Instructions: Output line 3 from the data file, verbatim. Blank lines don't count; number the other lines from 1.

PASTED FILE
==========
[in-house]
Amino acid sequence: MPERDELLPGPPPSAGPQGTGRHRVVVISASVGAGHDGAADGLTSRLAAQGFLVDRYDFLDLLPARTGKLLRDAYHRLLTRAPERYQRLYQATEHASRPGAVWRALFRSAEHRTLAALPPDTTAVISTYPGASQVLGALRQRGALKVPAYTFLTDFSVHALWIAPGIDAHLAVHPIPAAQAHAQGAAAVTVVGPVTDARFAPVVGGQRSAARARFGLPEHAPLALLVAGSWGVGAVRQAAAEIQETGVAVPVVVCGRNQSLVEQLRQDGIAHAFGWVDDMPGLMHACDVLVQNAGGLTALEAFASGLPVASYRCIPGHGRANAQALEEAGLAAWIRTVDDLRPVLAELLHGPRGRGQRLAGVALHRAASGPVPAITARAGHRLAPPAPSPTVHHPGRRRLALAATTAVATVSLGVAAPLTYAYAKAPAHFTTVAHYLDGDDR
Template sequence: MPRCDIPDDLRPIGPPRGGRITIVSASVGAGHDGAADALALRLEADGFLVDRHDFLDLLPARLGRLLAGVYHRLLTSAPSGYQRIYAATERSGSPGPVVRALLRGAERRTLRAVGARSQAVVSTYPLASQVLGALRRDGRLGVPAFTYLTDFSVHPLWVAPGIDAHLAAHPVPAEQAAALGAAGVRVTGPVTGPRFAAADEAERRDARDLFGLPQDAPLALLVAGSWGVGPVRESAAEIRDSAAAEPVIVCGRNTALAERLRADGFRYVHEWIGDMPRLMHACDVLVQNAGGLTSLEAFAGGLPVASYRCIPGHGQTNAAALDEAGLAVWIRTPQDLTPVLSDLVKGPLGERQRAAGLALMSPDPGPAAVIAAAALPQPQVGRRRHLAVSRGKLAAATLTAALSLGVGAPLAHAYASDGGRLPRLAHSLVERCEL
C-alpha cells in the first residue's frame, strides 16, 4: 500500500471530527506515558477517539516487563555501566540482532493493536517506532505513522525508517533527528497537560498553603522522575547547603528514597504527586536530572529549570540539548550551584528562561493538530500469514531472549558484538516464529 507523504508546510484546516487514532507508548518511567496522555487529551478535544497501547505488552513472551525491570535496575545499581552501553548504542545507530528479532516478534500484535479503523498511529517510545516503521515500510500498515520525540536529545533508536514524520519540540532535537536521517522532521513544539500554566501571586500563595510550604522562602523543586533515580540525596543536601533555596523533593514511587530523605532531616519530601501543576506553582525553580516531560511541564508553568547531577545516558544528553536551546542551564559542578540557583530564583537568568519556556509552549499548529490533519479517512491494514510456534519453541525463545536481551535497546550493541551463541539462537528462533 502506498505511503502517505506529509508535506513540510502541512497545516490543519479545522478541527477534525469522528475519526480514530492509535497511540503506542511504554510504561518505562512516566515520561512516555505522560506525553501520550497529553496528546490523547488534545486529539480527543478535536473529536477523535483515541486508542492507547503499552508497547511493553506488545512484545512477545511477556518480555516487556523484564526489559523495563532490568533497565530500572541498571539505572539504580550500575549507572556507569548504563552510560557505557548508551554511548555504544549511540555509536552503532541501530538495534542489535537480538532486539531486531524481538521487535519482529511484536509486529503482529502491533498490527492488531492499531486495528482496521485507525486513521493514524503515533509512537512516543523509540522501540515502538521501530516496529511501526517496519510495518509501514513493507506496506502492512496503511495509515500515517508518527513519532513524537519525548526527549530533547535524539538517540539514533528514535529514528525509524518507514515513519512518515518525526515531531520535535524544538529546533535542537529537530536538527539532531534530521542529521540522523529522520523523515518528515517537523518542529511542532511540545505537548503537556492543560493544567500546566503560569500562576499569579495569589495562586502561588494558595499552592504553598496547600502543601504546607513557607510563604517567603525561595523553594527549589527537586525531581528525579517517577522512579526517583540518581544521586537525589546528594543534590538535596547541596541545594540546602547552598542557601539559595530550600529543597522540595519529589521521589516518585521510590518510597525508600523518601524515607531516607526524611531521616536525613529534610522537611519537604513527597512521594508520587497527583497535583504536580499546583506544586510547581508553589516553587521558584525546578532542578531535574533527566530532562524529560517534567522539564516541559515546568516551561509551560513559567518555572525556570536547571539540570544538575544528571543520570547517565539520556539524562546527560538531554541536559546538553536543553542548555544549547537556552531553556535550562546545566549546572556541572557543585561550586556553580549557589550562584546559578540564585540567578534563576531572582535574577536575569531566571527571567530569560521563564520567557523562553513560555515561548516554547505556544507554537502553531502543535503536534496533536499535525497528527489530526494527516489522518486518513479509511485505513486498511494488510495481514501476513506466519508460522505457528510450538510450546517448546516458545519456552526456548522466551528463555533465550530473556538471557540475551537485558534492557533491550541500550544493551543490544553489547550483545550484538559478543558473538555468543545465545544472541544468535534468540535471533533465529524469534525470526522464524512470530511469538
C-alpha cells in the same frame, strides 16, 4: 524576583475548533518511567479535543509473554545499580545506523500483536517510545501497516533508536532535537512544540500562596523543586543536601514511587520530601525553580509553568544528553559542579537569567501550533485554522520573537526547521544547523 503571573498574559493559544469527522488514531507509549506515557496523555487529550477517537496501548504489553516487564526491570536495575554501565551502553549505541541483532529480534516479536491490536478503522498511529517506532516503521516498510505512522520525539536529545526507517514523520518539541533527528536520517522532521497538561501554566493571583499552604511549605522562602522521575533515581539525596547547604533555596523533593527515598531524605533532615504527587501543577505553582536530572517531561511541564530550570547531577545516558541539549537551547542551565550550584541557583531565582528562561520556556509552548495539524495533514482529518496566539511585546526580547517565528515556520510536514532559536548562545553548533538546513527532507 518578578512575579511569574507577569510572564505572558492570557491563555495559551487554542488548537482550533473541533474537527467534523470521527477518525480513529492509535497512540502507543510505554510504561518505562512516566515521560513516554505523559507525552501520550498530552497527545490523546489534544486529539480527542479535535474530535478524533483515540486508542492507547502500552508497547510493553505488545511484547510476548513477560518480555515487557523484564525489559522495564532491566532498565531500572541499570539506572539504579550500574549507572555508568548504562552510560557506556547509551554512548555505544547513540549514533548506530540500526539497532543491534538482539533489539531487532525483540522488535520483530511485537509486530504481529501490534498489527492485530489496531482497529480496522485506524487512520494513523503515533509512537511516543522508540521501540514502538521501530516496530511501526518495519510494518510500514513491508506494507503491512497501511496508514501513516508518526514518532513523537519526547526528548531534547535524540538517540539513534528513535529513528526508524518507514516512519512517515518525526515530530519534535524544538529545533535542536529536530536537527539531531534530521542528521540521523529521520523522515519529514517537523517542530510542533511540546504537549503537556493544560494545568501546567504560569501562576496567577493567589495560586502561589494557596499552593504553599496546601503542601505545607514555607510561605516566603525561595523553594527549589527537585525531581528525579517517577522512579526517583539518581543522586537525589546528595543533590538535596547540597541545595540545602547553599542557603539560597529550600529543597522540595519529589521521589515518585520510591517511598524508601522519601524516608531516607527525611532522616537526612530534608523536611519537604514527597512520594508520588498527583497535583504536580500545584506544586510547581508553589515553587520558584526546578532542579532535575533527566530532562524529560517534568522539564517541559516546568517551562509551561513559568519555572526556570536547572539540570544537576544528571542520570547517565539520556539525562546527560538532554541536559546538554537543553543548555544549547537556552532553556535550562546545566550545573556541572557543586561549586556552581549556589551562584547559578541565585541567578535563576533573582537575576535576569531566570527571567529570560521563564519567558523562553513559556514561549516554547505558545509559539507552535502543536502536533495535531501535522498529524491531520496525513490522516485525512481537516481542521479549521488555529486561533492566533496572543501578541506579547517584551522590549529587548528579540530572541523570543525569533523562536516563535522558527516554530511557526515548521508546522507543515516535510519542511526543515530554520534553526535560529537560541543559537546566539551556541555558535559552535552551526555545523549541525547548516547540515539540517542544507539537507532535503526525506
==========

Template sequence: MPRCDIPDDLRPIGPPRGGRITIVSASVGAGHDGAADALALRLEADGFLVDRHDFLDLLPARLGRLLAGVYHRLLTSAPSGYQRIYAATERSGSPGPVVRALLRGAERRTLRAVGARSQAVVSTYPLASQVLGALRRDGRLGVPAFTYLTDFSVHPLWVAPGIDAHLAAHPVPAEQAAALGAAGVRVTGPVTGPRFAAADEAERRDARDLFGLPQDAPLALLVAGSWGVGPVRESAAEIRDSAAAEPVIVCGRNTALAERLRADGFRYVHEWIGDMPRLMHACDVLVQNAGGLTSLEAFAGGLPVASYRCIPGHGQTNAAALDEAGLAVWIRTPQDLTPVLSDLVKGPLGERQRAAGLALMSPDPGPAAVIAAAALPQPQVGRRRHLAVSRGKLAAATLTAALSLGVGAPLAHAYASDGGRLPRLAHSLVERCEL